Hard though it may be to believe, by most metrics, things are getting better in Britain. Maybe not year on year, but certainly decade after decade, crime is falling, poverty is falling, education is improving. There are blips and blots on this record: sometimes for a period society becomes less equal rather than more; rates of pay may not balance as fast as we might like; we still have recessions, as we all know.
Yet it seems the majority of us remain convinced that the world is falling apart. Phrases like ‘Broken Britain’ get bandied around by politicians and the media and we believe them. What happened to our pride and optimism to make us accept such negativity so readily?
It’s hard not to blame the media. In a survey about the NHS a few years back people were asked about their general impression of the NHS, and reported that it was in a terrible state. Asked about their own specific experience, they largely raved about it. Having been told repeatedly that the NHS was failing, they convinced themselves that their experience must be the exception.
The same seems to happen with crime: fewer and fewer of us are victims of crime in reality, yet we are convinced, often without specific examples, that things are getting worse. Why? In my opinion it is in part because reporting has improved: less crime feels like more.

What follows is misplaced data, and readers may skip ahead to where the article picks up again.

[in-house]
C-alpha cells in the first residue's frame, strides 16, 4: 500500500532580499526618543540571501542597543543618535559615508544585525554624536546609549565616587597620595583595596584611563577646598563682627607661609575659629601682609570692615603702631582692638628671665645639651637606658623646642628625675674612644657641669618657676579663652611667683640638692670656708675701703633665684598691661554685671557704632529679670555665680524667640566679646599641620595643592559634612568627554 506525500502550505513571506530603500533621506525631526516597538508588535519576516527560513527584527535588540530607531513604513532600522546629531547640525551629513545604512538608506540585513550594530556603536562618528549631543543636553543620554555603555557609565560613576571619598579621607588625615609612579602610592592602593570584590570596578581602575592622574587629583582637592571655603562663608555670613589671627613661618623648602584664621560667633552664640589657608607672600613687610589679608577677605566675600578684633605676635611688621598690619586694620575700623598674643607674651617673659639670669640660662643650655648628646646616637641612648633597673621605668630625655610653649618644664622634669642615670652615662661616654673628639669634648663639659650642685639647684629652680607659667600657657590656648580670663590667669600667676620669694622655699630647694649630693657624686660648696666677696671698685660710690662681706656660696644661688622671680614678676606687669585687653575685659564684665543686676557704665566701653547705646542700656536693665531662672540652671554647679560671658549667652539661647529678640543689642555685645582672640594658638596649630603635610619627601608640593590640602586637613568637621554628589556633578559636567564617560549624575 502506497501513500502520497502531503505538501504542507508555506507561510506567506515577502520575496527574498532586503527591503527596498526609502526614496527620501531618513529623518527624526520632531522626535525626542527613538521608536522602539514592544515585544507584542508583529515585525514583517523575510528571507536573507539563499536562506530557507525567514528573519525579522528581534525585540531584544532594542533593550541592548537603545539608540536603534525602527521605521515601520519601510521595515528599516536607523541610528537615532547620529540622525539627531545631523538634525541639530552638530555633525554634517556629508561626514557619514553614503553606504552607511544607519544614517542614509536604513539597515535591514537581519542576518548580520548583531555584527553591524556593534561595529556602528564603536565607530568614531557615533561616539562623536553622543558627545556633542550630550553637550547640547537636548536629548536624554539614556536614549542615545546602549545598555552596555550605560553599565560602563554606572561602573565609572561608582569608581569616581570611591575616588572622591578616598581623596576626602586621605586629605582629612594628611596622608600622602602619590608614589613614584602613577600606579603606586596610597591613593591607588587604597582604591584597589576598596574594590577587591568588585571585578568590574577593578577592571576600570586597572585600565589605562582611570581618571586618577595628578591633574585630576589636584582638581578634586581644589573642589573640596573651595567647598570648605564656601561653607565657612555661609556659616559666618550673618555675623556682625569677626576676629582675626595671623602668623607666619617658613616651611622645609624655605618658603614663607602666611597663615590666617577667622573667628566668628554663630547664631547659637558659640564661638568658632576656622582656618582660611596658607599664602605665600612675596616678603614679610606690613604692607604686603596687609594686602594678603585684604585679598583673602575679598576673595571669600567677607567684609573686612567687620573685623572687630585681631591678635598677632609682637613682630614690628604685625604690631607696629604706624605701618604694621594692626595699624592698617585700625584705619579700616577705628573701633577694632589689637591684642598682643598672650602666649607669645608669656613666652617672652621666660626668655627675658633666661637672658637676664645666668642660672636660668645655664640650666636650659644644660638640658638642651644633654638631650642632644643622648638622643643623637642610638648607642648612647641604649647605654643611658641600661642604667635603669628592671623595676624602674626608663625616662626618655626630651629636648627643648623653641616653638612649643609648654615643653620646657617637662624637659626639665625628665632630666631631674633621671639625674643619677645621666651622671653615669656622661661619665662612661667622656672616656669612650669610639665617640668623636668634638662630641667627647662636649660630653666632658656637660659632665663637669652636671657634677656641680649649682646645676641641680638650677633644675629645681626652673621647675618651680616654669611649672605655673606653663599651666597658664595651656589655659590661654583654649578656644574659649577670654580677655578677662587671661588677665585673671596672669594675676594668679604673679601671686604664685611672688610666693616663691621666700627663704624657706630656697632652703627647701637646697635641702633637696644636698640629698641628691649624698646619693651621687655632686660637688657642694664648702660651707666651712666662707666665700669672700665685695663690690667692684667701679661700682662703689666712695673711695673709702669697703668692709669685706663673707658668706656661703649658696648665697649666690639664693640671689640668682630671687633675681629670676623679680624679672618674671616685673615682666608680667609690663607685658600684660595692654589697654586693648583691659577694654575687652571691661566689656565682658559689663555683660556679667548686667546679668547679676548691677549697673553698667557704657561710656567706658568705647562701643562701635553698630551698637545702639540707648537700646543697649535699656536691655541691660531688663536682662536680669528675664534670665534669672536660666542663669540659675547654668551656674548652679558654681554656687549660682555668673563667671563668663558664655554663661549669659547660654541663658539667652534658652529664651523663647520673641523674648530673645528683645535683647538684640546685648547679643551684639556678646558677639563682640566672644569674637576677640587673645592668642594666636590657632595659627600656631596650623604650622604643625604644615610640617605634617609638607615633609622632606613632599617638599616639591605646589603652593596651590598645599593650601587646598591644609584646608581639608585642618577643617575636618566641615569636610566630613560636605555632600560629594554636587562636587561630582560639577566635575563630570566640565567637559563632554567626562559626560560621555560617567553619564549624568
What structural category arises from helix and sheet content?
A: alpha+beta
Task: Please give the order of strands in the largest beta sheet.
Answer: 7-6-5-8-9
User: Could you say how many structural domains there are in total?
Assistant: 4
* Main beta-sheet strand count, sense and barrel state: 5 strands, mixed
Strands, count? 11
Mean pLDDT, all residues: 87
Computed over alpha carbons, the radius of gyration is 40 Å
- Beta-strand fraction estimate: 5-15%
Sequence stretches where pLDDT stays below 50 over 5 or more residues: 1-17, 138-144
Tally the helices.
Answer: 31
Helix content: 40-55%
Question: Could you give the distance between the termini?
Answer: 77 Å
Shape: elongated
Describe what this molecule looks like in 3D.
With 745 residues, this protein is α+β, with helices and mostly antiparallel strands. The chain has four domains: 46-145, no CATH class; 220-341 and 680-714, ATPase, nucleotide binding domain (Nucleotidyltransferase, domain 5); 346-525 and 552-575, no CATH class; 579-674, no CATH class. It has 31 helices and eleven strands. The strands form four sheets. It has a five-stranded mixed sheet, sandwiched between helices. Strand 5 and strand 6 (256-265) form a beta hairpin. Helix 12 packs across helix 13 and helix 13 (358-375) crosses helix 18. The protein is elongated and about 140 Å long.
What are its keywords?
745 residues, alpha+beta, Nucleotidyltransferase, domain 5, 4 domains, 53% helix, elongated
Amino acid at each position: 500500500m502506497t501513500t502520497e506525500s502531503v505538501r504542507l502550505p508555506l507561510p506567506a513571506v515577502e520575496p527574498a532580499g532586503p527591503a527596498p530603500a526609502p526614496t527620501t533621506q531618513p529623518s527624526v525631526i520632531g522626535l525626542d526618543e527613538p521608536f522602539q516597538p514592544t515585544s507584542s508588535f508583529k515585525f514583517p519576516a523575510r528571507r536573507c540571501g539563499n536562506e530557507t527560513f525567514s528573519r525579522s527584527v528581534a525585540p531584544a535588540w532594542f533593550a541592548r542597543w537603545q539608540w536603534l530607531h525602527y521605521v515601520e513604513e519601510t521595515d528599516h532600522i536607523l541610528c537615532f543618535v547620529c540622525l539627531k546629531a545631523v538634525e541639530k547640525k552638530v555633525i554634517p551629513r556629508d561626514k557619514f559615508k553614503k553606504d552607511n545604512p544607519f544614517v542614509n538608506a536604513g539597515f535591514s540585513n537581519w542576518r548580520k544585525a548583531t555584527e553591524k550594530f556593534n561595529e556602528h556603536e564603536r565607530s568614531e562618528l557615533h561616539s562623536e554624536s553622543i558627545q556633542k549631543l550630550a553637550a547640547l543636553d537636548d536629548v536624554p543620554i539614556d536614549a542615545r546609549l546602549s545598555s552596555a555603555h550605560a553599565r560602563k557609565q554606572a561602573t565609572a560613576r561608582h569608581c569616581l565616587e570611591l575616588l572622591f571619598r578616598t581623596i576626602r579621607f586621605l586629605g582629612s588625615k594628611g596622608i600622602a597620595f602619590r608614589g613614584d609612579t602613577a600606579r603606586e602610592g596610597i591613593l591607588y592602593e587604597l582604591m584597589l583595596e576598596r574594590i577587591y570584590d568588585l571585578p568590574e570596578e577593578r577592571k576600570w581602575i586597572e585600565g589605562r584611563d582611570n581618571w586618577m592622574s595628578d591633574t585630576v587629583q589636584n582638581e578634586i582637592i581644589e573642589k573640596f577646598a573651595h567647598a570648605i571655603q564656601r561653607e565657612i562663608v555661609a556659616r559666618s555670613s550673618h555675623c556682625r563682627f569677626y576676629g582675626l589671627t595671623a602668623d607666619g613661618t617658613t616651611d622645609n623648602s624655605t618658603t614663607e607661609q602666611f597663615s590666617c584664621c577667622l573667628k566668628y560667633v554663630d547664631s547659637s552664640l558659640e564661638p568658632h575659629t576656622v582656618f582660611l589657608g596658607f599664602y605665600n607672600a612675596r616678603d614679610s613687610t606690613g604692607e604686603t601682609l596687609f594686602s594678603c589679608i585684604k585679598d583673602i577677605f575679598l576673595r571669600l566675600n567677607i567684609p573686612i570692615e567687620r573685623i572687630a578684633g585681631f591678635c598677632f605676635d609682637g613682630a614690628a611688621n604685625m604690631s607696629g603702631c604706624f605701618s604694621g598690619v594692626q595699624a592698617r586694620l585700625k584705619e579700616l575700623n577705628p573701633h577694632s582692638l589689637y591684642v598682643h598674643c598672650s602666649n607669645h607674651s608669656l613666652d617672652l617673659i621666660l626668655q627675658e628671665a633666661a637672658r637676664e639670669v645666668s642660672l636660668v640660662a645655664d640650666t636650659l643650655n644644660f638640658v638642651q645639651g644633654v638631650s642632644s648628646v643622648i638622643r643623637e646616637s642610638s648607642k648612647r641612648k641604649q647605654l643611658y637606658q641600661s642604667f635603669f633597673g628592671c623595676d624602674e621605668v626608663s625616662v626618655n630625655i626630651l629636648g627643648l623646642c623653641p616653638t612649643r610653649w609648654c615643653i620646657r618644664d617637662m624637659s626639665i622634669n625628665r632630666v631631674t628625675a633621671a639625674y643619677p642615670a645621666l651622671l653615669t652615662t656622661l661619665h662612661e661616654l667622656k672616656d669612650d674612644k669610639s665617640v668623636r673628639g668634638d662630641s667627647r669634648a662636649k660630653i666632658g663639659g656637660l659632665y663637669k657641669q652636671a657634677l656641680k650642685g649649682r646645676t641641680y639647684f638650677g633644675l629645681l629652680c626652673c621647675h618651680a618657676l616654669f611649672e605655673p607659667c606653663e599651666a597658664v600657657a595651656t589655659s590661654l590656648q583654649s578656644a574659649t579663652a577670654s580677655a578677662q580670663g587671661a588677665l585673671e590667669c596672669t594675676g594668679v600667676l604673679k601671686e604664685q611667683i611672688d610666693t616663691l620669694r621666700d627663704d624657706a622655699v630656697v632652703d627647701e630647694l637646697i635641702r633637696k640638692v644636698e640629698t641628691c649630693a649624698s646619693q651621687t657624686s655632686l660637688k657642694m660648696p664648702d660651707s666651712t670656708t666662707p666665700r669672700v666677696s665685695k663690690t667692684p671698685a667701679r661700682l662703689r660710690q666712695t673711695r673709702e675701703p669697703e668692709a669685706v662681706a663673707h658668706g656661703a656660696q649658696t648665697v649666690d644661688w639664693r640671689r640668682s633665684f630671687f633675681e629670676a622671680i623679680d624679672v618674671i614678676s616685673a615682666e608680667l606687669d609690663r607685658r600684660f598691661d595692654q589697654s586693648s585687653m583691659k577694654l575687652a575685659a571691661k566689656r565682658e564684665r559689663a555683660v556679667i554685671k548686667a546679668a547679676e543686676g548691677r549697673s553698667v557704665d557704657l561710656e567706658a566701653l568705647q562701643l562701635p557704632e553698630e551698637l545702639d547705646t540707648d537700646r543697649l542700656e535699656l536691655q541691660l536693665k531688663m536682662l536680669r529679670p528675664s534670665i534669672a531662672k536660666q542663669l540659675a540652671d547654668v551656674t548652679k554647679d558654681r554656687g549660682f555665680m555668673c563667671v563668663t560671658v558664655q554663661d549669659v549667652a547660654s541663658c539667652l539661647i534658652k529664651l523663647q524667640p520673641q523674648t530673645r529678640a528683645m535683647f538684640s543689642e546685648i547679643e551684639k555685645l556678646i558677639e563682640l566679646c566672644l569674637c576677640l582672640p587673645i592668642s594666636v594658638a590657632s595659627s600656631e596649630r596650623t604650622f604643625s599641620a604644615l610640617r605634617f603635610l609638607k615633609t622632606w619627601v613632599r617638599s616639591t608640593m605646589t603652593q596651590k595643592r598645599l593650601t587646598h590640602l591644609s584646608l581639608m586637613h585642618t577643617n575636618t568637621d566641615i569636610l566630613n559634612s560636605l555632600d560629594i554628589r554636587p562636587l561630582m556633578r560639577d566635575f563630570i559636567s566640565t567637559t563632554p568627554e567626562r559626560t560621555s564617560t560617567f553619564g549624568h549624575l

But I think it is a little lazy to blame the press. Are we so incapable of looking at our own experience, and more importantly, engaging with our own communities, to develop our own impression? If we did we would more easily recognise the gap between the theoretical ‘Broken Britain’ and what seems to me to be a country moving slowly, falteringly, but consistently, up.
My hope is that our increasing switch to community communication and user generated content online might spur us to rely less on the national media. As digital media becomes ever more about the local, it might even get us talking to our neighbours. There may be such a thing as society after all…